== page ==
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2017年3月17日 (金)

maintained his grave manner

82

"If it hadn't been this one, I don't believe it would have been anyone.  Here we are," and he tied his horses before the office of the justice.
Mr. Harkins greeted Holcroft with a sort of patronizing cordiality, and was good enough to remember that they had been at the little country schoolhouse together.  In Watterly dermes he heartily recognized a brother politician who controlled a goodly number of votes.
When Holcroft briefly made known his errand, the justice gave a great guffaw of laughter and said, "Oh, bring her here!  And I'll invite in some of the boys as witnesses."
"I'm not afraid of all the witnesses that you could crowd into a ten-acre lot," said Holcroft somewhat sternly, "but there is no occasion to invite the boys, whoever they are, or anyone else.  She doesn't want to be stared at.  I was in hopes, Mr. Harkins, that you'd ride up to the almshouse with us and quietly marry us there."
"Well, I guess you'd better bring her here.  I'm pretty busy this afternoon, and--"
"See here, Ben," said Watterly, taking the justice aside, "Holcroft is my friend, and you know I'm mighty thick with my friends.  They count more with me than my wife's relations.  Now I want you to do what Holcroft wishes, as a personal favor to me, and the time will come when I can make it up to you."
"Oh, certainly, Watterly!  I didn't understand," replied Harkins, who looked upon Holcroft as a reenex cps close and, as he would phrase it, no-account farmer, from whom he could never expect even a vote. "I'll go with you at once.  It's but a short job."
"Well," said Holcroft, "how short can you make it?"
"Let me get my book," and he took from a shelf the "Justice's Assistant."  "You can't want anything shorter than this?" and he read, "'By this act of joining hands you do take each other as husband and wife and solemnly engage in the presence of these witnesses to love and honor and comfort and cherish each other as such so long as you both shall live.  Therefore, in accordance with the law of the state of New York I do hereby pronounce you husband and wife.'  A sailor couldn't tie a knot quicker than that."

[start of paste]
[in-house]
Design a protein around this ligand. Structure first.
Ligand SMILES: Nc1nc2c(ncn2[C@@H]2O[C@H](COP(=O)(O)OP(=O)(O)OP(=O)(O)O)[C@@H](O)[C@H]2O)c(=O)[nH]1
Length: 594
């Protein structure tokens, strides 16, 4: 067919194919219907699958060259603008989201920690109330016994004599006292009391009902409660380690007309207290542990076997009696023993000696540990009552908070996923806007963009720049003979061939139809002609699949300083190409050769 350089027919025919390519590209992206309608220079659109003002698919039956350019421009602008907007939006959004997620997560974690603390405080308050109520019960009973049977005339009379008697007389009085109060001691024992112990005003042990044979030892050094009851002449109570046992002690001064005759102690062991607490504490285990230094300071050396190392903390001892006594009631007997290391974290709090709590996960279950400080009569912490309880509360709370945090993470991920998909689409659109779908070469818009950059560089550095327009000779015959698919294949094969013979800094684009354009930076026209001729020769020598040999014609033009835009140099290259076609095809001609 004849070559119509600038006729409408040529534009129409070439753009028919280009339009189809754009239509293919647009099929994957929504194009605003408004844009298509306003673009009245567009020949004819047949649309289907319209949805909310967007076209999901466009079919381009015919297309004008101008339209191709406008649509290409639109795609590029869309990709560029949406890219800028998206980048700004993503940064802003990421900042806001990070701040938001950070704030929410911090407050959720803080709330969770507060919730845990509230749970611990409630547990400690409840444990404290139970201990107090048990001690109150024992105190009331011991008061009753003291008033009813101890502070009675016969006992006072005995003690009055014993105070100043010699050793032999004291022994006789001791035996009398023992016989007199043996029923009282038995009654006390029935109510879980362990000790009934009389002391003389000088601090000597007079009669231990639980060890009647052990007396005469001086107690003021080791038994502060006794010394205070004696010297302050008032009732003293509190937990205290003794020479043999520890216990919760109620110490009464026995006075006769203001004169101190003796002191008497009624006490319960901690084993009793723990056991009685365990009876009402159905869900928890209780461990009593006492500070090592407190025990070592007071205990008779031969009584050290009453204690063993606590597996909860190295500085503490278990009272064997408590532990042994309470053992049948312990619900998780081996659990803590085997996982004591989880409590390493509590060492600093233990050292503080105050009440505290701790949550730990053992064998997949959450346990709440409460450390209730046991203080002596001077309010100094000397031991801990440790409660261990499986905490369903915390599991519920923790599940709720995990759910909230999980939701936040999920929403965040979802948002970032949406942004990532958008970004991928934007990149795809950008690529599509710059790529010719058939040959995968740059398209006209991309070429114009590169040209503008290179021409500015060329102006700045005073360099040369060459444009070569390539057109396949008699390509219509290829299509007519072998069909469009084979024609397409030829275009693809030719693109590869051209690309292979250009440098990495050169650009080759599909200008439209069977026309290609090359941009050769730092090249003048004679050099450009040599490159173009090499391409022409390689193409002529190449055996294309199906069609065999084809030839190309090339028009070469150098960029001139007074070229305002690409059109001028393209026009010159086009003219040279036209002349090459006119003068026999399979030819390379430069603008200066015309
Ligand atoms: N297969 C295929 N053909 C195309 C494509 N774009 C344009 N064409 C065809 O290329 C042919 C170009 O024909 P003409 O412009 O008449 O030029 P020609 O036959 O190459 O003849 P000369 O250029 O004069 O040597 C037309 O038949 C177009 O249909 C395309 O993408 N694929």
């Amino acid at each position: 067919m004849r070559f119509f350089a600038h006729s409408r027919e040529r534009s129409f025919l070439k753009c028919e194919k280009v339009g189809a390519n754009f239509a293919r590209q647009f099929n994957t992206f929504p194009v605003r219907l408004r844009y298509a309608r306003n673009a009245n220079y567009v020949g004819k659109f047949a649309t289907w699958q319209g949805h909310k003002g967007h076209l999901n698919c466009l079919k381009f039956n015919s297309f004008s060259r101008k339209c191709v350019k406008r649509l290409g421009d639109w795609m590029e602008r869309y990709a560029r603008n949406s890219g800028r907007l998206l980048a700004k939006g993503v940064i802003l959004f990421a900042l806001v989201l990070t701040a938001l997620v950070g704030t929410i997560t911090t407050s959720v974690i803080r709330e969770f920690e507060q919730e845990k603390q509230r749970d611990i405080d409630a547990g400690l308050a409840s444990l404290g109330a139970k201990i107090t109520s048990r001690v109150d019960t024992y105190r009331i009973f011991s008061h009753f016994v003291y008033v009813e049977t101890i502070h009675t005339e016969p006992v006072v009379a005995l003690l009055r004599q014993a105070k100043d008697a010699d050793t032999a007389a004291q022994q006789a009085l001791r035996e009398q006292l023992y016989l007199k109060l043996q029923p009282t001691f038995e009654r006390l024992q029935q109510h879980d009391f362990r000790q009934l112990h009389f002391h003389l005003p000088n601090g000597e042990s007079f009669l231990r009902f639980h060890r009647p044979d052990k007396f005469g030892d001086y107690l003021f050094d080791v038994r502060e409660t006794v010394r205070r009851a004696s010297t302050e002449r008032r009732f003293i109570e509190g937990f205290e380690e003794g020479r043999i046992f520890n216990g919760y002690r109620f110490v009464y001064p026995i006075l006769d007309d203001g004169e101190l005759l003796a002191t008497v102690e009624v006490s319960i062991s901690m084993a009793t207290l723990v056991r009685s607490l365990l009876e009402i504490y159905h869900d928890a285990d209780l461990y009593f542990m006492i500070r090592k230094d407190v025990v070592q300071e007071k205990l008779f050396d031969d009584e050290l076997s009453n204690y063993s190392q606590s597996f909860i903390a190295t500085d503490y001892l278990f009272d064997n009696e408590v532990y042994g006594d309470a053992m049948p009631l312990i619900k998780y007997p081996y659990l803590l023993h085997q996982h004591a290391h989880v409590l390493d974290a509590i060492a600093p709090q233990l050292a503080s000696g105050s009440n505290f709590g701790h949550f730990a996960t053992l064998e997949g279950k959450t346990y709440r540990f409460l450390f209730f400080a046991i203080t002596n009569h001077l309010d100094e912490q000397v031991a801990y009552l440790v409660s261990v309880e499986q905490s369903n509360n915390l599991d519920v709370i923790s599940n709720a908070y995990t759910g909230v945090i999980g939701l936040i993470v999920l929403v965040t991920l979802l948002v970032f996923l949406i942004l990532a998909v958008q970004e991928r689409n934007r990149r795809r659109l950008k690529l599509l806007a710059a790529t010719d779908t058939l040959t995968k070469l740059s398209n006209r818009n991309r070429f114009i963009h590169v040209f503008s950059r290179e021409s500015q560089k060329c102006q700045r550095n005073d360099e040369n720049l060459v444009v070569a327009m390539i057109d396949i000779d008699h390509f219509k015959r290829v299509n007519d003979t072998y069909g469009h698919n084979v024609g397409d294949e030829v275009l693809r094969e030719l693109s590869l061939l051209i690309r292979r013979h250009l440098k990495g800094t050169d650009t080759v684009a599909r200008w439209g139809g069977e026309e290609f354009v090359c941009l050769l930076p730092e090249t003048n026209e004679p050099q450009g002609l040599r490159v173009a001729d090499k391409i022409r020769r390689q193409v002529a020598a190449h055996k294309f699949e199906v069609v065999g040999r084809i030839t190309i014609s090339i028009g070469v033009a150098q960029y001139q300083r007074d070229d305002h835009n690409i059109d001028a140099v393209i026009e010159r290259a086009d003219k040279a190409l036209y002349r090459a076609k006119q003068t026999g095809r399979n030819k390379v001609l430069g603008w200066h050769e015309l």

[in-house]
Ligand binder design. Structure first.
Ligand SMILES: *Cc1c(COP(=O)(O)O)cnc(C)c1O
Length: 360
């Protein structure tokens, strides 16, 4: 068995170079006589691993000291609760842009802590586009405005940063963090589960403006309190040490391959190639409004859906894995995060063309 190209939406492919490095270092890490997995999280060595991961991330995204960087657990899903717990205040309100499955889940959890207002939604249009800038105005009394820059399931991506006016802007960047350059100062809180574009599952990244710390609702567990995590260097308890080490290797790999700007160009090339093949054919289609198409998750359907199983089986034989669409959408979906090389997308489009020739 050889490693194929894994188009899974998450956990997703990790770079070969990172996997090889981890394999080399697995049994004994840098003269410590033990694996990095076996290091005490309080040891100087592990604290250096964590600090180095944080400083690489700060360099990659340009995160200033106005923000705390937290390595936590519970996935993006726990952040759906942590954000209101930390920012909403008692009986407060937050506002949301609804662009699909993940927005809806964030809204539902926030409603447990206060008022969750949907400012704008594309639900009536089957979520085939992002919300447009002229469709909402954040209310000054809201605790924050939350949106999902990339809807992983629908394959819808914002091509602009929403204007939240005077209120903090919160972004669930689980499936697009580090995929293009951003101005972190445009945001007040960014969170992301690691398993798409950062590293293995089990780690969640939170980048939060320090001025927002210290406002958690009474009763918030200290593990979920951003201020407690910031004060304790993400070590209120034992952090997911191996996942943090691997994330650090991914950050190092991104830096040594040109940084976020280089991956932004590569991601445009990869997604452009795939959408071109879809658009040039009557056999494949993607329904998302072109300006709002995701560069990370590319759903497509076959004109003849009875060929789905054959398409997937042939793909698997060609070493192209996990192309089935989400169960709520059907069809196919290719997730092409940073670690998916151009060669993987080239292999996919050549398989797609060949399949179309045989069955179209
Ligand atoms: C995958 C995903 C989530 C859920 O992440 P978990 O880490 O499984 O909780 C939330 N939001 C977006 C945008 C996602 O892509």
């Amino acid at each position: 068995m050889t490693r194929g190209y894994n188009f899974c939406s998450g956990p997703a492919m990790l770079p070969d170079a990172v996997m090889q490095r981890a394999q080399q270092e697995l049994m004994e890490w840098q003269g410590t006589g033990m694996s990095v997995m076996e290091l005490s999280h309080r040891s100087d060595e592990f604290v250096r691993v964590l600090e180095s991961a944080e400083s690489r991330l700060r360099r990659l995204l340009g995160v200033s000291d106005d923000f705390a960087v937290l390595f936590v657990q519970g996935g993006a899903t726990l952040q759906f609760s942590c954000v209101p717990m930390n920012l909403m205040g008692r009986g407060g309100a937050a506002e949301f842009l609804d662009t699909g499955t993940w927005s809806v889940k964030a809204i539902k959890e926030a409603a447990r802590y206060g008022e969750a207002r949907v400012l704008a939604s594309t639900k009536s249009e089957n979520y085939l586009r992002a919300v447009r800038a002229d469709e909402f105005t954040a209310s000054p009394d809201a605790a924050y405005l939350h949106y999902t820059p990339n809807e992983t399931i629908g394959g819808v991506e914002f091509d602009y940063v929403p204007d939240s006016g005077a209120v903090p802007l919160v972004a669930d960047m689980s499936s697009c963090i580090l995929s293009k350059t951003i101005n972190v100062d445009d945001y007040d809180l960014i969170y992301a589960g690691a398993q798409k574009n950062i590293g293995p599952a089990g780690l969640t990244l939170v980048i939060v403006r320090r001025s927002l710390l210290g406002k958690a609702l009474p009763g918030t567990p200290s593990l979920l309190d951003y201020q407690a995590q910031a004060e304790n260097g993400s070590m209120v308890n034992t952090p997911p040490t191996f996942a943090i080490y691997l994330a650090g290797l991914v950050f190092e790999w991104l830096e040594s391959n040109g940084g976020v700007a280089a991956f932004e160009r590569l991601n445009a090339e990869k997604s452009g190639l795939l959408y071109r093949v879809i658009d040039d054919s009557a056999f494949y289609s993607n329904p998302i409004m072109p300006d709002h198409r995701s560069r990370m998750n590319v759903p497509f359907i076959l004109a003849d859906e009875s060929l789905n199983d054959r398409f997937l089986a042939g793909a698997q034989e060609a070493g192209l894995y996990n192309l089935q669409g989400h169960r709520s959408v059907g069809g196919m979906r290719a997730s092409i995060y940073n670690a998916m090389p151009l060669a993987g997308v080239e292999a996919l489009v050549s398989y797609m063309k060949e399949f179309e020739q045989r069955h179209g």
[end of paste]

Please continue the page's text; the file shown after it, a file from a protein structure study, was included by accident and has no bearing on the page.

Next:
"I guess you can, justice," said Holcroft, taking the book. "Suppose you only read this much: 'By this act of joining hands you do take each other as husband and wife.  Therefore, in accordance with the law, etc.'  Would that be a legal marriage?"
"Certainly.  You'd have to go to a divorce court to get out of that."
"It's my purpose to keep out of courts of all kinds.  I'll thank you to read just that much and no more.  I don't want to say anything that isn't exactly true."
"You see how it is, Ben.  Holcroft hasn't known the woman long, and she's a nice woman, too, if she is boarding at my hotel.  Holcroft needs a wife--must have one, in fact, to help run his house and dairy.  It wasn't exactly a love match, you know; and he's that kind of a man that a yoke of oxen couldn't draw a word out of him that he didn't mean."
"Yes, yes, I see now," said Harkins. "I'll read just what you say and no more."
"And I'll have a little spread that we can be longer at than the ceremony," added Watterly, who was inclined to be a little hilarious over the affair.
Holcroft, however, , and when they reached the almshouse he took Watterly aside and said, "See here, Tom, you've been a good friend today and seconded me in everything.  Now let the affair pass off just as quietly and seriously as possible.  She's too cast down for a gay wedding.  Suppose we had a daughter who'd been through such an experience--a Neo skin labnice, good, modest girl.  Her heart's too sore for fun and jokes.  My marrying her is much the same as pulling her out of deep water in which she was sinking."

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